Top 6 Code Signing Practices You Should Follow

Code signing is a process of authenticating your software codes, applications, scripts, or programs. The technology uses digital certificates and critical public infrastructure for signing the code.  

These certificates are issued by a trusted third-party Certificate authority, who verify the code-signing source identity and attach their public key to it. Users match this public key with your code’s private key, which authenticates the software.  

Code Signing


Code signing assures your end-users that the code publisher’s identity is validated, and the code does not get tampered with or altered.   

It is essential to develop a secure signing infrastructure to prevent private keys and certificates breach. Here are the top six practices you should follow to ensure a smooth and effective code-signing process and secure your private keys.  

  1. Limit Access to Private Keys 

Limiting access to only authorized personnel is one of the best code signing practices, regardless of where the key is stored. Also, try to minimize the number of persons who can access the systems with private keys. You can use directory systems to restrict user access.  

Physical security measures like cameras and biometric access are equally necessary for keeping your code sign secure, especially if your private key is stored on the hardware. This allows you to track the hardware and restrict any employee or contractor looking to gain unwanted access to sensitive data.  

Code Signing


  1. Avoid Overusing One Key for Signing   

Most organizations implement modern cryptographic techniques for code signing, which are extremely difficult to encrypt for computers. But it shouldn’t encourage you to use a specific key for all the other codes. The reason behind this is if there are security flaws in one code and it needs to be revoked, your other certificates and codes, signed using the same key, will become invalid. 

The best way is to use different keys for different codes and projects, which will minimize the risk and promote  

  1. Ensure Time Stamping Your Code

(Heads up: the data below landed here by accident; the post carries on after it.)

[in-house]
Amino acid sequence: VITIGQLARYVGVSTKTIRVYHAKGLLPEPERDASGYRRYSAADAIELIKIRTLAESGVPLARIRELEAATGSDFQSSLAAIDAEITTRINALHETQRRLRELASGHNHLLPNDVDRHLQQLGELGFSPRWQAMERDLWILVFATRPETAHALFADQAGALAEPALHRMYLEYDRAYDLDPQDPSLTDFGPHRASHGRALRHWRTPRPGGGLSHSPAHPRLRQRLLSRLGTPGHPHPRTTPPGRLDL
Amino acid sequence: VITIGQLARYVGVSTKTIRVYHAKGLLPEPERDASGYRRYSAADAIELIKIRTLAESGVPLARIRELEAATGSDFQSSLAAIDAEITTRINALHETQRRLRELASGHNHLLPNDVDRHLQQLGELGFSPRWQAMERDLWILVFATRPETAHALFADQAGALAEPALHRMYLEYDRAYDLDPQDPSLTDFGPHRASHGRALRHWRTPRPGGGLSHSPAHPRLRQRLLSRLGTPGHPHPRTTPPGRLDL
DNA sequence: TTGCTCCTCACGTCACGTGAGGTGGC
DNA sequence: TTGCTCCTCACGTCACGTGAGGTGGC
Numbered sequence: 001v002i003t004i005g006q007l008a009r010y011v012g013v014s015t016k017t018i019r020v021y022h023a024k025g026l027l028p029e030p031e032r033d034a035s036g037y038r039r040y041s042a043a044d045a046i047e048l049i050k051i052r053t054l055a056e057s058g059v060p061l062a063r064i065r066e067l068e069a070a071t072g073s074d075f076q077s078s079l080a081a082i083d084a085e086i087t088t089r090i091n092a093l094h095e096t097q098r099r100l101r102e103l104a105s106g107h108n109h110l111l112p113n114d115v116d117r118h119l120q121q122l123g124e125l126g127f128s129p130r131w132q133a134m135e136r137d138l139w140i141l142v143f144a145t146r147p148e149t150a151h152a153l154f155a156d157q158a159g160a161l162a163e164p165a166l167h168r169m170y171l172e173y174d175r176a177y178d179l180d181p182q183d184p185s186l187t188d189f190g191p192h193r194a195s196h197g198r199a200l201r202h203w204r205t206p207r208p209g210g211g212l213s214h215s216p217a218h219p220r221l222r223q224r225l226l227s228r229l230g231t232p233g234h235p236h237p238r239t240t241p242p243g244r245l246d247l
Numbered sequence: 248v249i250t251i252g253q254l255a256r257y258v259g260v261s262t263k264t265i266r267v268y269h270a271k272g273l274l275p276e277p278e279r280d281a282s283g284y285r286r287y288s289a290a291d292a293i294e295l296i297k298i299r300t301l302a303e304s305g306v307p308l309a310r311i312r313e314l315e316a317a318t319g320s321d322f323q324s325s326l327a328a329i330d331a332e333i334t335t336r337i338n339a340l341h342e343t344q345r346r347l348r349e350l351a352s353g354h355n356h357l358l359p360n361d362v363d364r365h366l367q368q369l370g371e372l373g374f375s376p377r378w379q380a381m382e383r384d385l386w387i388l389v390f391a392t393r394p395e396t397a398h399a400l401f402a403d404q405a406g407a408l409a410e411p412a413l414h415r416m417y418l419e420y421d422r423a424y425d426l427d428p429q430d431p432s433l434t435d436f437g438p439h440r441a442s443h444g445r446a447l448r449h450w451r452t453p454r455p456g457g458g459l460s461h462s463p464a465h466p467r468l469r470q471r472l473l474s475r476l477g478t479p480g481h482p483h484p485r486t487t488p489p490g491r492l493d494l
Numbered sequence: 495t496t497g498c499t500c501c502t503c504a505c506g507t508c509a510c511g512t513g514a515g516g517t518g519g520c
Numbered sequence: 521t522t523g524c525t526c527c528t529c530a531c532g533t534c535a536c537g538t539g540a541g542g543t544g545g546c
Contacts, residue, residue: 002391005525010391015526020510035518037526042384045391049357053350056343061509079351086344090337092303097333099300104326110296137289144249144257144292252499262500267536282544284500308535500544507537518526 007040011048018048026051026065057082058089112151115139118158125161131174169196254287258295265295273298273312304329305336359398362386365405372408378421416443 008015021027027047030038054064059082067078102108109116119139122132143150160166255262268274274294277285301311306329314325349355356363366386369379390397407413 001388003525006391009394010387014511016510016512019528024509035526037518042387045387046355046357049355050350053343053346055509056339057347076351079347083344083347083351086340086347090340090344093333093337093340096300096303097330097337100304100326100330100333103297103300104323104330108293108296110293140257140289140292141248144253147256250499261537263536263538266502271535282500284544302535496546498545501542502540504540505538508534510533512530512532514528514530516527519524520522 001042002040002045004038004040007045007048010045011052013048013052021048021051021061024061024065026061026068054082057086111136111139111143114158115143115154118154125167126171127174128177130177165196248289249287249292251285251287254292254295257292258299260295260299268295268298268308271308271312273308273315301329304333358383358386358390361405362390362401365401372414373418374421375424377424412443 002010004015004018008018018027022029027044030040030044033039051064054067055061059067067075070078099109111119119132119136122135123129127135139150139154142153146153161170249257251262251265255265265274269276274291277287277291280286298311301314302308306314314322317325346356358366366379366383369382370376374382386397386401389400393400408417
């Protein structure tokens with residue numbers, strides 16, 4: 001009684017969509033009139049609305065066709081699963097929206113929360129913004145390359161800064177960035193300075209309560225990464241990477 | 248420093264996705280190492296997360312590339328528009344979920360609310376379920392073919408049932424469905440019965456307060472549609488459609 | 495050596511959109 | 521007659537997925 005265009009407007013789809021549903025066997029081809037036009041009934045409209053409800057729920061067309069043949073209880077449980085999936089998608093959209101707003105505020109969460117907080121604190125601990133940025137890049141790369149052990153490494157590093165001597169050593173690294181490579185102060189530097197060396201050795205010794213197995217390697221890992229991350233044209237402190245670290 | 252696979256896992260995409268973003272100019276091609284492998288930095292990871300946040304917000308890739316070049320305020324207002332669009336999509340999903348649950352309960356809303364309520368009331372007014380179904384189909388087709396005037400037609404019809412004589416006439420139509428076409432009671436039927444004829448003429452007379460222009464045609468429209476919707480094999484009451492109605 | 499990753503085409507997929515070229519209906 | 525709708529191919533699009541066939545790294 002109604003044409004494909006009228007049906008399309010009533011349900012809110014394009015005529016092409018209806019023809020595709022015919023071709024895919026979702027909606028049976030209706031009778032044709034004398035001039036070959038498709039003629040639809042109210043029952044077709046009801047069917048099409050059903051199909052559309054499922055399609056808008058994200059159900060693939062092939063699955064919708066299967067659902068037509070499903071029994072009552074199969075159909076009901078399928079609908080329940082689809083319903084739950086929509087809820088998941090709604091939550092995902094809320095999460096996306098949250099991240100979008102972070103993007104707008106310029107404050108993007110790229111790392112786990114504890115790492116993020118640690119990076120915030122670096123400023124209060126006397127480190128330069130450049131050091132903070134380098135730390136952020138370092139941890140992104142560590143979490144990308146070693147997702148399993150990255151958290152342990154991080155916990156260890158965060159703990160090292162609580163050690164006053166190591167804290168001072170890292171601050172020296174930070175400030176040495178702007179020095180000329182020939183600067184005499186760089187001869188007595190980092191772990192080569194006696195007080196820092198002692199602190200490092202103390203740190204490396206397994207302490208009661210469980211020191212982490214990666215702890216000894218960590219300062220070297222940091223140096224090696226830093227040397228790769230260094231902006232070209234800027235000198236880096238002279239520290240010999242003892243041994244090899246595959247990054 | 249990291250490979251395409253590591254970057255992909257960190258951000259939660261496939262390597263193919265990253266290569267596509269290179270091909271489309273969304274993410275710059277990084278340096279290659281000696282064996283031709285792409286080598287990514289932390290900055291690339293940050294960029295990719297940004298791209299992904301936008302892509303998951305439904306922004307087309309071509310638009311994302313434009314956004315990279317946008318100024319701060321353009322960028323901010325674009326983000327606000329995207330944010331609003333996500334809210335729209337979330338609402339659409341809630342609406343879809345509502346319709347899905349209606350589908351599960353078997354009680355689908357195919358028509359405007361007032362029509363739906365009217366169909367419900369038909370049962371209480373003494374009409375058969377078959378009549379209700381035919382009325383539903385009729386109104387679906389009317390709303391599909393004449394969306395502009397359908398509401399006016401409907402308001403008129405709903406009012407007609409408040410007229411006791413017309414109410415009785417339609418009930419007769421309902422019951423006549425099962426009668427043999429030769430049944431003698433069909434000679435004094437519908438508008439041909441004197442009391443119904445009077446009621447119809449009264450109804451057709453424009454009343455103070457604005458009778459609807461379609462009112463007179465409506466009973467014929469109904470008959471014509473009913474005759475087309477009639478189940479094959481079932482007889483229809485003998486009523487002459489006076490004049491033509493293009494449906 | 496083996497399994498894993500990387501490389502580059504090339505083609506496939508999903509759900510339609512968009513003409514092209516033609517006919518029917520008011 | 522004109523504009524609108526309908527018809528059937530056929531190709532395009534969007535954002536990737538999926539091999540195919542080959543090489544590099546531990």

A timestamp is a small piece of information preloaded with your signature at the time of signing files using a code signing certificate. Timestamp Authority issues it to prove the authenticity and integrity of your executables. Timestamping is issued by a trustworthy third-party Certificate Authority; it assures the clients that the certificate was valid when the code got signed.  

Another advantage of the time-stamping process is that it allows clients to verify the code even when the certificate is revoked or expired. Failure to configure your software with timestamp will display all your certificates as invalid after your code expires. 

  1. Implement Cryptographic Hardware Security Modules (HSMs)   

HSMs are devices that protect your private keys, stored on-premises or on the Cloud, against attacks. These highly trusted and specialized physical devices perform all primary cryptographic operations, such as encryption, decryption, authentication, and key management and exchange. The most crucial objective of HSMs is to hide and protect cryptographic materials. 

Code Signing


HSMs have a sturdy operating system and restricted network access, which is protected by a firewall. These security modules are tamper-proof and restrict unwanted users from exporting private keys, which is why they are the preferred options for storing cryptographic keys.  

Besides, you must ensure all the cryptogenic devices used are FIPS 140 level 2 certified.  

  1. Differentiate Between Test-Signing and Release-Signing   

Test signing certificates get self-signed or signed by a trusted internal certificate authority within the corporate network. In addition, users utilize it for signing pre-release builds of software and verify within the test environment. 

On the other hand, release signing certificates are used for signing publicly released codes that’ll be delivered to the end-users across the globe. Due to this reason, release signing certificates require more stringent security controls than test-signing ones. 

Always ensure to set up a separate code signing infrastructure for both tests and release signing certificates. This will enable you to differentiate between pre-release and production codes. 

  1. Scan Code for Virus Before Signing 

Code signing only authenticates the publisher’s identity and assures that the software has not undergone tampering. However, it does not validate the quality of the code.  

Code Signing


Malware and virus can severely affect your code at any stage and infect user’s systems. So, it’s necessary to scan for malicious vulnerabilities before signing it thoroughly. Furthermore, running virus and malware scans improve the security and quality of the released code.  

You should also double or triple-check your code for security gaps since it prevents the release of potentially insecure codes, which can infect your client’s systems.  


Code signing is beneficial for every organization as it validates data integrity and validity, safeguards the company’s reputation, and increases users’ trust in their software programs. By incorporating these practices in your code signing process, you can mitigate the risks of data breaches and other security threats. Before implementing such methods, ensure that you get a code signing certificate, depending on your requirement and budget. 

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